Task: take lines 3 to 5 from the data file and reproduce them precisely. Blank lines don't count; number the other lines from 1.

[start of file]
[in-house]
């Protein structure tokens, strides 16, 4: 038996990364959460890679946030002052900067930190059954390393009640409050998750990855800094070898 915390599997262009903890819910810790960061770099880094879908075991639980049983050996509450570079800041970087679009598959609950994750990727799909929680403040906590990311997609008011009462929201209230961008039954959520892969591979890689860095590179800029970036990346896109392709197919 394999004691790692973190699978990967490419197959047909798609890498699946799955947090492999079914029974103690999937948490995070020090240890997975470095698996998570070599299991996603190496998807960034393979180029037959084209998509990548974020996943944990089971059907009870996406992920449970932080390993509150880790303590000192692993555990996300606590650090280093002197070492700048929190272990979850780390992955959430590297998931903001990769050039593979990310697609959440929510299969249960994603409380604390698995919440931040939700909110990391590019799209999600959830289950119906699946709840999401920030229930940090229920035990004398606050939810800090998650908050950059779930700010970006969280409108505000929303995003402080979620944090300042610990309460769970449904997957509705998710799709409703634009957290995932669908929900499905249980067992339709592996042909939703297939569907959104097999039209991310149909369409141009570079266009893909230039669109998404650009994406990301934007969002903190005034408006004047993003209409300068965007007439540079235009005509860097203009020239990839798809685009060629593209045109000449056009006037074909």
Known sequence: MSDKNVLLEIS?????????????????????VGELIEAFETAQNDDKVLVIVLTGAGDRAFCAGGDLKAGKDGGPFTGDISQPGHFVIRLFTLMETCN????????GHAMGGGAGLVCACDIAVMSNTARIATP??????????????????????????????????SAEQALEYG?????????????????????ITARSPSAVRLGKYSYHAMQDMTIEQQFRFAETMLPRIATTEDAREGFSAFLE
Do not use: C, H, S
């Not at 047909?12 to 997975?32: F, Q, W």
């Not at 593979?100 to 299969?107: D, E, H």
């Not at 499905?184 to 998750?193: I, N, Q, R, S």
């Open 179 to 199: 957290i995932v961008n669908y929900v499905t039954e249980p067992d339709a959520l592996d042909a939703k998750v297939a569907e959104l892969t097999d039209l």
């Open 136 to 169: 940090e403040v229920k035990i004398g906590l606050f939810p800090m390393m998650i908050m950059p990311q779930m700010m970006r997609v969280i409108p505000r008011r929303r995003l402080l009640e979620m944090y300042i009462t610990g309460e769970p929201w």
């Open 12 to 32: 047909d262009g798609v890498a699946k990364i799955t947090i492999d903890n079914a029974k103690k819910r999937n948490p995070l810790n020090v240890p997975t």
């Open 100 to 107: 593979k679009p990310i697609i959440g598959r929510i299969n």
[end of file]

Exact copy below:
Known sequence: MSDKNVLLEIS?????????????????????VGELIEAFETAQNDDKVLVIVLTGAGDRAFCAGGDLKAGKDGGPFTGDISQPGHFVIRLFTLMETCN????????GHAMGGGAGLVCACDIAVMSNTARIATP??????????????????????????????????SAEQALEYG?????????????????????ITARSPSAVRLGKYSYHAMQDMTIEQQFRFAETMLPRIATTEDAREGFSAFLE
Do not use: C, H, S
């Not at 047909?12 to 997975?32: F, Q, W």